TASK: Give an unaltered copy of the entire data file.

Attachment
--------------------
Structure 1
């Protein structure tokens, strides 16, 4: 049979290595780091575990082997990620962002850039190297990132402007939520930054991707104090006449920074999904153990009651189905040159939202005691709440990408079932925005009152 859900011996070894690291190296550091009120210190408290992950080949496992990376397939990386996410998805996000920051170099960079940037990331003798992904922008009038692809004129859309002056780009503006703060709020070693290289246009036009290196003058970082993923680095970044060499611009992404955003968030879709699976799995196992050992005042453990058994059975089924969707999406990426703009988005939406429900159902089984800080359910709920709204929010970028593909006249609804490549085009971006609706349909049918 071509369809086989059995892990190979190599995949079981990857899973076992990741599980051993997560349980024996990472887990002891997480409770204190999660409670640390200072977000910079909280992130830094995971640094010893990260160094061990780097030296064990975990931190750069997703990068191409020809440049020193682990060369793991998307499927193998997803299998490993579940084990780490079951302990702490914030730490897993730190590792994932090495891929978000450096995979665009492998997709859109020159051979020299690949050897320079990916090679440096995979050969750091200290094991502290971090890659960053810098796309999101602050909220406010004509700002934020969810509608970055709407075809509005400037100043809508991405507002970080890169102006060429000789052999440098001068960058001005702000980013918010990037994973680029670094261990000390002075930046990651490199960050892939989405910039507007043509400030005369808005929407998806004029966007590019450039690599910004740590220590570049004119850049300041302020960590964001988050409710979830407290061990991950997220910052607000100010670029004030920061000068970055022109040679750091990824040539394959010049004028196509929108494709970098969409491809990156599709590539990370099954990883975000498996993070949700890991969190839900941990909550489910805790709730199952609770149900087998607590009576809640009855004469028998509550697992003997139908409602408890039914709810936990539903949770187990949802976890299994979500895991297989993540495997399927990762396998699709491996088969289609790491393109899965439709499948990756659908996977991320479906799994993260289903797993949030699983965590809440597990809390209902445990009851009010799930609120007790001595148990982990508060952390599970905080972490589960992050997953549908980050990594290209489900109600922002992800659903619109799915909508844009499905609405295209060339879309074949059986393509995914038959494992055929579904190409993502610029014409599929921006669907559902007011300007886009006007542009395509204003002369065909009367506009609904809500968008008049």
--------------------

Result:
Structure 1
């Protein structure tokens, strides 16, 4: 049979290595780091575990082997990620962002850039190297990132402007939520930054991707104090006449920074999904153990009651189905040159939202005691709440990408079932925005009152 859900011996070894690291190296550091009120210190408290992950080949496992990376397939990386996410998805996000920051170099960079940037990331003798992904922008009038692809004129859309002056780009503006703060709020070693290289246009036009290196003058970082993923680095970044060499611009992404955003968030879709699976799995196992050992005042453990058994059975089924969707999406990426703009988005939406429900159902089984800080359910709920709204929010970028593909006249609804490549085009971006609706349909049918 071509369809086989059995892990190979190599995949079981990857899973076992990741599980051993997560349980024996990472887990002891997480409770204190999660409670640390200072977000910079909280992130830094995971640094010893990260160094061990780097030296064990975990931190750069997703990068191409020809440049020193682990060369793991998307499927193998997803299998490993579940084990780490079951302990702490914030730490897993730190590792994932090495891929978000450096995979665009492998997709859109020159051979020299690949050897320079990916090679440096995979050969750091200290094991502290971090890659960053810098796309999101602050909220406010004509700002934020969810509608970055709407075809509005400037100043809508991405507002970080890169102006060429000789052999440098001068960058001005702000980013918010990037994973680029670094261990000390002075930046990651490199960050892939989405910039507007043509400030005369808005929407998806004029966007590019450039690599910004740590220590570049004119850049300041302020960590964001988050409710979830407290061990991950997220910052607000100010670029004030920061000068970055022109040679750091990824040539394959010049004028196509929108494709970098969409491809990156599709590539990370099954990883975000498996993070949700890991969190839900941990909550489910805790709730199952609770149900087998607590009576809640009855004469028998509550697992003997139908409602408890039914709810936990539903949770187990949802976890299994979500895991297989993540495997399927990762396998699709491996088969289609790491393109899965439709499948990756659908996977991320479906799994993260289903797993949030699983965590809440597990809390209902445990009851009010799930609120007790001595148990982990508060952390599970905080972490589960992050997953549908980050990594290209489900109600922002992800659903619109799915909508844009499905609405295209060339879309074949059986393509995914038959494992055929579904190409993502610029014409599929921006669907559902007011300007886009006007542009395509204003002369065909009367506009609904809500968008008049």